In its mission statement, WHS describes itself as a community that “creates[s] scholarly opportunities and inspire[s] wonder” and works to create an environment for all to learn, according to the program of study. To complete this mission, WHS offers an independent study program, which allows students to work on an academic project that values self-directed learning and emphasizes self-discipline. However, in recent years, only a few students have enrolled in the program.
The WHS program of study states that an independent study allows students to create their own specified course of study. Students are required to work with a mentor, usually a faculty member. Once completed, projects are assessed and students are awarded credit.
Before starting an independent study, interested students are required to consult with their counselors and parents about their goals and to contact potential mentors. The next steps are crafting a proposal describing the nature of the study and communicating with the appropriate department supervisor. Students must then present a proposal to the principal for final approval, according to the program of study.
“The application for the independent study has to be taken seriously and the student needs to map out thoroughly what they intend to do and how they are going to accomplish the project,” said Guidance Counselor Ms. Jan Fine.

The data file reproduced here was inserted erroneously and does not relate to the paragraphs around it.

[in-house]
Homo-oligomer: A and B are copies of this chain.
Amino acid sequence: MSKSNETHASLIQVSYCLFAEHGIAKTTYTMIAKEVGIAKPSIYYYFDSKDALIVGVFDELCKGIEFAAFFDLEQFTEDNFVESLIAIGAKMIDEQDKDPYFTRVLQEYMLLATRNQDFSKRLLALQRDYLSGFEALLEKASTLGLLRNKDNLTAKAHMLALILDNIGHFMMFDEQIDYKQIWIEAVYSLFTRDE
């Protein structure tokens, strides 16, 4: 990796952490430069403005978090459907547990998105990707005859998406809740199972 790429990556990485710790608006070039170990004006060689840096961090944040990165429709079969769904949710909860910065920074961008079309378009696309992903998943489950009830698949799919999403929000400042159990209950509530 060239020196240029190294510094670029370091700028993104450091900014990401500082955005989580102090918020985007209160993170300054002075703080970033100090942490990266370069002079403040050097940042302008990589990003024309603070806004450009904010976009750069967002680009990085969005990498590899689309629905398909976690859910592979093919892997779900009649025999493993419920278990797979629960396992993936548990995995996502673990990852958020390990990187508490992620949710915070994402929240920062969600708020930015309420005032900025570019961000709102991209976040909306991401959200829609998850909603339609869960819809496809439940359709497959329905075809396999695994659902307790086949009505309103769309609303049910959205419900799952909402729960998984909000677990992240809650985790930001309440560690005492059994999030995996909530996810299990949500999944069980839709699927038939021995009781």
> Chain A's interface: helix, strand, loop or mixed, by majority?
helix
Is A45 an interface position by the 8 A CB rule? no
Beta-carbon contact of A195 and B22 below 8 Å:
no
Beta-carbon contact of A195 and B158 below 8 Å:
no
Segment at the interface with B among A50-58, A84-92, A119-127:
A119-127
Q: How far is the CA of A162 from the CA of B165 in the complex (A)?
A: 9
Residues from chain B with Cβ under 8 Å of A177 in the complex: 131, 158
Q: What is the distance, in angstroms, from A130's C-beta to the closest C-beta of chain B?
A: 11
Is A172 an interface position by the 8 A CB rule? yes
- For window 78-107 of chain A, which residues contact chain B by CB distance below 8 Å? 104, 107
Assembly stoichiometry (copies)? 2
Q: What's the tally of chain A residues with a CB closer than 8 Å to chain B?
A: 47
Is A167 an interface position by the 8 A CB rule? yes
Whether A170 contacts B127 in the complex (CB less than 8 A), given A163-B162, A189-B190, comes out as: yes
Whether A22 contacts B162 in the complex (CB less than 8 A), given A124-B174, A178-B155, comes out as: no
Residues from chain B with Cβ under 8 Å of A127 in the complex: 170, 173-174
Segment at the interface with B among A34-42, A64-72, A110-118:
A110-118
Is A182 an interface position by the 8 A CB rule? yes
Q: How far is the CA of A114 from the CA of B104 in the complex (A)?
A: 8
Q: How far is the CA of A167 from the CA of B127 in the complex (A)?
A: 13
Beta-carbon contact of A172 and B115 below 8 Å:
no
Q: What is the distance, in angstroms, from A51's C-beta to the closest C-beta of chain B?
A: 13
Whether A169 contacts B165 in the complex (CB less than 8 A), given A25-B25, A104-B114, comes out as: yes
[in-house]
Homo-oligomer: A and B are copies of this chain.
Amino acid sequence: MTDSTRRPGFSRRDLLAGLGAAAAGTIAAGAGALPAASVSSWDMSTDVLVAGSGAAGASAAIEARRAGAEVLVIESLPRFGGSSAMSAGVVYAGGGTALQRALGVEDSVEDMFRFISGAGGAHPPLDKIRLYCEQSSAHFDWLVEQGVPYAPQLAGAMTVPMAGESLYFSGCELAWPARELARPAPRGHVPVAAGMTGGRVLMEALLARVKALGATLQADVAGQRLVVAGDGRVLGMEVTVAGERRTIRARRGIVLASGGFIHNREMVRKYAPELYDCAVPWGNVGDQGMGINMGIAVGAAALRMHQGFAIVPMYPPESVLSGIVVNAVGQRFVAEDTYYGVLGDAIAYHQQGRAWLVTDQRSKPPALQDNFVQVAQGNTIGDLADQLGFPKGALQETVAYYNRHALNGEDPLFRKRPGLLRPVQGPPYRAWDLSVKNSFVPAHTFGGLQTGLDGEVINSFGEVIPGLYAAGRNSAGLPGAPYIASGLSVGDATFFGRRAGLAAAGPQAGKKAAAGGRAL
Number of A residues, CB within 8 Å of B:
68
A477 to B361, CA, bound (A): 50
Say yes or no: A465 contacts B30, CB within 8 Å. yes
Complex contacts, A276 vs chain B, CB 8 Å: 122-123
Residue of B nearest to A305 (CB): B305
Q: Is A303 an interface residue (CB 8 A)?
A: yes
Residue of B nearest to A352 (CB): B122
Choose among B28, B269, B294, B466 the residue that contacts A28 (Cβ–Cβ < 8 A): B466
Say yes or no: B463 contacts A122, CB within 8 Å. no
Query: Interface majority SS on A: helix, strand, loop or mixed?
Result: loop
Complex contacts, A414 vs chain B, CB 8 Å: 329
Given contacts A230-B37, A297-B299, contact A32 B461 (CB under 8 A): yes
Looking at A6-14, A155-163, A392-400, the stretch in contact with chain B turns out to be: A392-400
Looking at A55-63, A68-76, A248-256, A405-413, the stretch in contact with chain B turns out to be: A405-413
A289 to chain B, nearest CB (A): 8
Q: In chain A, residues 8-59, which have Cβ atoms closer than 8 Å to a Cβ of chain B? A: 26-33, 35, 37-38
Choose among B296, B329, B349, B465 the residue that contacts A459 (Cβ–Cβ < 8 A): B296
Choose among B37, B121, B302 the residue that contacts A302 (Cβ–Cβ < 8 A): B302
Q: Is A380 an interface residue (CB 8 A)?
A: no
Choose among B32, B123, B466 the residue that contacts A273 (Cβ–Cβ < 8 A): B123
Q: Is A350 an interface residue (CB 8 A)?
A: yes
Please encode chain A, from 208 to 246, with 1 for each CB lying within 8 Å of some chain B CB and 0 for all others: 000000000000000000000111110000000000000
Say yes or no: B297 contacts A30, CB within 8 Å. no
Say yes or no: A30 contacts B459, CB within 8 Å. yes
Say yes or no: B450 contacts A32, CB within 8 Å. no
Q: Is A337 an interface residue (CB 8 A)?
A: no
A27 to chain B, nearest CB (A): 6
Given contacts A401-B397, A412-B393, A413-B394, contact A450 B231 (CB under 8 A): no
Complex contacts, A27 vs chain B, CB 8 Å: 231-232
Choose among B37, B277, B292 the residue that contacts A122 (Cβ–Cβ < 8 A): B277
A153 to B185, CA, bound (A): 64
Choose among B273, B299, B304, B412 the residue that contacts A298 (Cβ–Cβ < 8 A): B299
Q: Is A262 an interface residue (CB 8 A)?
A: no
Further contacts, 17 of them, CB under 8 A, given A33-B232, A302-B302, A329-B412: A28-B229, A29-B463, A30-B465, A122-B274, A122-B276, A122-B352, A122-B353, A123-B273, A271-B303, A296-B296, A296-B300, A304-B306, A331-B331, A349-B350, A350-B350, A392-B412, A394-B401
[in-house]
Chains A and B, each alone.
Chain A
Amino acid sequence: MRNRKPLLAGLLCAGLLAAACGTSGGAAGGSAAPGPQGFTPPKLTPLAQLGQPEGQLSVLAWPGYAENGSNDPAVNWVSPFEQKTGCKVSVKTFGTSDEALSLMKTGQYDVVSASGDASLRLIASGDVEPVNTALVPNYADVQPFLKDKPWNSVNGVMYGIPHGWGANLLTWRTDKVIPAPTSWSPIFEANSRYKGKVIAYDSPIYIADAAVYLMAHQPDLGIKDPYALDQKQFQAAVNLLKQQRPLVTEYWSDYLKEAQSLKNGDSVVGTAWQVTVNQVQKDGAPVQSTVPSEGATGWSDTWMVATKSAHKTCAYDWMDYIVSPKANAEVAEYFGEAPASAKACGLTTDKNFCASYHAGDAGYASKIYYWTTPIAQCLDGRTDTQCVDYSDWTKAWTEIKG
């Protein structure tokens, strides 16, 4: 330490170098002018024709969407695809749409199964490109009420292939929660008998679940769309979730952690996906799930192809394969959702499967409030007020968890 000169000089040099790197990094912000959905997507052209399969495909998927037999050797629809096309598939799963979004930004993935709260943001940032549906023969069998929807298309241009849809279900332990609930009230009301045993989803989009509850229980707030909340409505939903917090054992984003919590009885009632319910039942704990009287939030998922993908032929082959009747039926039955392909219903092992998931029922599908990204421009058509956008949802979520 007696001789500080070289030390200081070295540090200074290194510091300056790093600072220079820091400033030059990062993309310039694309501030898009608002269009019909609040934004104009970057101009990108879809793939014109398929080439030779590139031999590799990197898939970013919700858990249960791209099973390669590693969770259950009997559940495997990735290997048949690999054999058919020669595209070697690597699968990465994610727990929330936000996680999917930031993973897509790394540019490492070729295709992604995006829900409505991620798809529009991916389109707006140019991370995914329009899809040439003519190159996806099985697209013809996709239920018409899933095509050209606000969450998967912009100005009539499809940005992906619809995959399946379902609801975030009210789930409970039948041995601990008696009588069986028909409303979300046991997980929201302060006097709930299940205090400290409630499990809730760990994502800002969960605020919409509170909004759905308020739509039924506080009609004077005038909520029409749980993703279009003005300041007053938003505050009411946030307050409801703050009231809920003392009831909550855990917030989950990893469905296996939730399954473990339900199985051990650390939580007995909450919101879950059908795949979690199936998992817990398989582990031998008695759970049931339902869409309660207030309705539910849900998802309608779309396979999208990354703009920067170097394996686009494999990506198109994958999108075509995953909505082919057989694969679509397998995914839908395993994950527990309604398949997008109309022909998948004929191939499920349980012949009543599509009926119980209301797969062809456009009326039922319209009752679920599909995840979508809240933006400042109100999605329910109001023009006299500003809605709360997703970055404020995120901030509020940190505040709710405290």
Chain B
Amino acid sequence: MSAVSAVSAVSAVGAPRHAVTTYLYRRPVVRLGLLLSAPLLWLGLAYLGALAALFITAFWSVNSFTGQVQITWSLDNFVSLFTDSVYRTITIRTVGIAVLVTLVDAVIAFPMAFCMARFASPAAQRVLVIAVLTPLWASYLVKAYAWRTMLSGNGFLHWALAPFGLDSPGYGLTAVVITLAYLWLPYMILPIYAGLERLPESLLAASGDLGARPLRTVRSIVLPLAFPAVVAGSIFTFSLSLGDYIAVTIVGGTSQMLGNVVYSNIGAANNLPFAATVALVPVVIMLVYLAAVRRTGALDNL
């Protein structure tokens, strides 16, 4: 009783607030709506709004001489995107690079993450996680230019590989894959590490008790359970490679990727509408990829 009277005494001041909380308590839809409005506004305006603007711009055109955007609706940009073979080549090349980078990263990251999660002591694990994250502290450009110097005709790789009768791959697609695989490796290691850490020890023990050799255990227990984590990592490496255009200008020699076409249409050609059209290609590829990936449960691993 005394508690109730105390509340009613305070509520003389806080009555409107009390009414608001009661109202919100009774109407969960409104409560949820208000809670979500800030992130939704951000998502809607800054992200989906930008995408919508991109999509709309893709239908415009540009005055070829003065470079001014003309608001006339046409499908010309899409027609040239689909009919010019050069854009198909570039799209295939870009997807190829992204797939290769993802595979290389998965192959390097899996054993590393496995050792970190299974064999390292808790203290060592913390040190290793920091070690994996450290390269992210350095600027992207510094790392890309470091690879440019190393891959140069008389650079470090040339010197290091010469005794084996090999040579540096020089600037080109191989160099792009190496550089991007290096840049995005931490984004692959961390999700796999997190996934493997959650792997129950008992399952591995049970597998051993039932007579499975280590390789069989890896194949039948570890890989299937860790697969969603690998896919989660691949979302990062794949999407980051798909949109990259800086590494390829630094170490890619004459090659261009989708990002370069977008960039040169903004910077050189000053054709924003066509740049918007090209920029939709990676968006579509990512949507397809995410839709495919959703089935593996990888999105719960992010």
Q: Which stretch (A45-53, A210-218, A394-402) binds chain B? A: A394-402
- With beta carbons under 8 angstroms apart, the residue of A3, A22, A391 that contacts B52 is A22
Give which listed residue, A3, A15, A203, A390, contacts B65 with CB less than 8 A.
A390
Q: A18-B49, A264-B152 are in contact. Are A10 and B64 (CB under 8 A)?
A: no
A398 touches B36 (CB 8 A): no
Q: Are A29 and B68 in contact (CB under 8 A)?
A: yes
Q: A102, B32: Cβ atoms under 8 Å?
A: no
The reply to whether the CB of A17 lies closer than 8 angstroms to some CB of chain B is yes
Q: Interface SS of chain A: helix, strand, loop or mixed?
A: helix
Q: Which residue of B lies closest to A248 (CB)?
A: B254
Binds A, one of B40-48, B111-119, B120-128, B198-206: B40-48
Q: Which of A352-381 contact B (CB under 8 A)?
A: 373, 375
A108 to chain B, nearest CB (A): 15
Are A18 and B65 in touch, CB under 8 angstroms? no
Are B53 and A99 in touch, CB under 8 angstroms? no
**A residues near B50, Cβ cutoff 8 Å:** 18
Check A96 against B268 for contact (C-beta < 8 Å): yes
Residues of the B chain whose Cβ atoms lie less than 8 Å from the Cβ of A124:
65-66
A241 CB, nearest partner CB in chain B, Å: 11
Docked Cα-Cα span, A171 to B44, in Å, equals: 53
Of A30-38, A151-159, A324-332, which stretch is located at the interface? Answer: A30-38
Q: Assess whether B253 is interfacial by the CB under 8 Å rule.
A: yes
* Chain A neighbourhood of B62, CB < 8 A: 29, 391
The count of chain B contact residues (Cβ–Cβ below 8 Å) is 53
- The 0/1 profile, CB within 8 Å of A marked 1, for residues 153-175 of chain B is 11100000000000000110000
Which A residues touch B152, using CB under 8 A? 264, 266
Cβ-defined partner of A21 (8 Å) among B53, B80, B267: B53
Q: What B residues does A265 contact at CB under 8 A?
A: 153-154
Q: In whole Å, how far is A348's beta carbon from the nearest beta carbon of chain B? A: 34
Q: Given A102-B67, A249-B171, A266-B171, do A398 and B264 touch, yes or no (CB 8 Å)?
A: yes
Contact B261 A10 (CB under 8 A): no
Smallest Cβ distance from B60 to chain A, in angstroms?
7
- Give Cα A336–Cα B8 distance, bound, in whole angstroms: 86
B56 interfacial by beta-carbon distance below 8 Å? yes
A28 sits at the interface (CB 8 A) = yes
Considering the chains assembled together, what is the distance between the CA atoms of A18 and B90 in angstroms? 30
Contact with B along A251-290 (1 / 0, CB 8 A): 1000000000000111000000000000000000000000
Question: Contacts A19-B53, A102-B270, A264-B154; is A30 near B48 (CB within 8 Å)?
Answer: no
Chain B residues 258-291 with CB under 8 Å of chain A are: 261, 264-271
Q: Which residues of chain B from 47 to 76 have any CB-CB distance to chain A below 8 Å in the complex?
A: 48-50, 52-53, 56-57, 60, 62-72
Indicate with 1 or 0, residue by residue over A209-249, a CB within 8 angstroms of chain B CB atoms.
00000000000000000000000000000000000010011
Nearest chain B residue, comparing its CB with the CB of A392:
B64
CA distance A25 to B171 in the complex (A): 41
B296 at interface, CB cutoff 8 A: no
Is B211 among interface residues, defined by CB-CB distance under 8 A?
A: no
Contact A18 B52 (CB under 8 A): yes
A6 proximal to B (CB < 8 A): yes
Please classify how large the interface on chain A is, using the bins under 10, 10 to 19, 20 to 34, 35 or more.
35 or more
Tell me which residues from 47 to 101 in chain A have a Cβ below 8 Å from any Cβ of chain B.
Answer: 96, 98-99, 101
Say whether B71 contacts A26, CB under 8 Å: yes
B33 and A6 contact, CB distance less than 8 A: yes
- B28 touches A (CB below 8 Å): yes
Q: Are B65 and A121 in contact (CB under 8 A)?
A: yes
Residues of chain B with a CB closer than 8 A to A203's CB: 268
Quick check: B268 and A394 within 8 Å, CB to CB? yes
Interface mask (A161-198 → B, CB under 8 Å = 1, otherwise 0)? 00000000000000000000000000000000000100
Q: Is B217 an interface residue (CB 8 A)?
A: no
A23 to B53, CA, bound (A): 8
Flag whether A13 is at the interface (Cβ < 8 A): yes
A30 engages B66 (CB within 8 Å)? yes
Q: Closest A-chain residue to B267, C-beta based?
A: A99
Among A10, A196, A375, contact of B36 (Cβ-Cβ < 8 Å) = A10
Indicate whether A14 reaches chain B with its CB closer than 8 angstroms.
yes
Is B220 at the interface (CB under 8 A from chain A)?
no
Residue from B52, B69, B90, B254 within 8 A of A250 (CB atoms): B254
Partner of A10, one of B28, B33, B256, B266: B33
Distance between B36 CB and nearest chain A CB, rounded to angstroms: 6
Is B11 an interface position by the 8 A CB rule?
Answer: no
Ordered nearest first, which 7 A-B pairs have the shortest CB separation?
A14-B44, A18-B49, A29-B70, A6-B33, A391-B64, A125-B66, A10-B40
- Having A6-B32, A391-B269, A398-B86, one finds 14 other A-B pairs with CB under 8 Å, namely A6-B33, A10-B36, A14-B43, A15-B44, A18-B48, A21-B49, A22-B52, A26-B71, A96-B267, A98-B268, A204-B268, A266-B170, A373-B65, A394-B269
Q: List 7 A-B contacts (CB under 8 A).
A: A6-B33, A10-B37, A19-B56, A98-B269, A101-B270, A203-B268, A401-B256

The program of study describes remedial, extension and creative independent studies. Remedial independent studies are taken to make up credit unearned due to scheduling problems or the inability to attend summer school. For students who wish to study a topic not in any existing curriculum, the extension independent study is available. The creative independent study lets students create a project of interest at a college level.
According to Fine, the school added new courses in science, social studies and math last year. She said that these additions mean that more independent studies are in the arts, such as photography, jewelry making, advanced ceramics, TV production and woods.
Only 10 students are currently participating in an independent study, according to Guidance Counselor Ms. Elizabeth McDermott.
“There used to be more students in the program because there were [fewer] requirements for graduation,” she said. “A few years ago, a student only had to complete 5 credits according to the state, but now they [need] 12.5 required class credits aside from the academics.”
Due to the self-guided nature of Independent Study, students must also utilize time management skills.
“Because the Independent Study usually occurs outside the school day, students may not realize the time needed to put into their project, said Guidance Counselor Mr. Andrew Buckner. It is a course where they receive credit, and it can overburden them.”
“The downside to all this freedom is that there are no regular assessments, which at first sounds good, but makes it hard to get a feel if you really understand the material. You are obligated to teach yourself,” said senior Helen Keating, who completed an independent study in micro/macro economics.
However, according to opencolleges.edu, individualized curriculum opportunities are valuable because “motivation to climb over obstacles is far easier to muster when the student is allowed to choose what educational mountain to tackle first.”
Senior Alexa Derman, who is working on a creative writing independent study, said, “You can tailor what you’re studying and how you’re studying to fit your own desires and needs exactly.”
For more information, consult your counselor and the program of study, available in the Guidance Office and on the school website.
additional reporting by Maddie Katz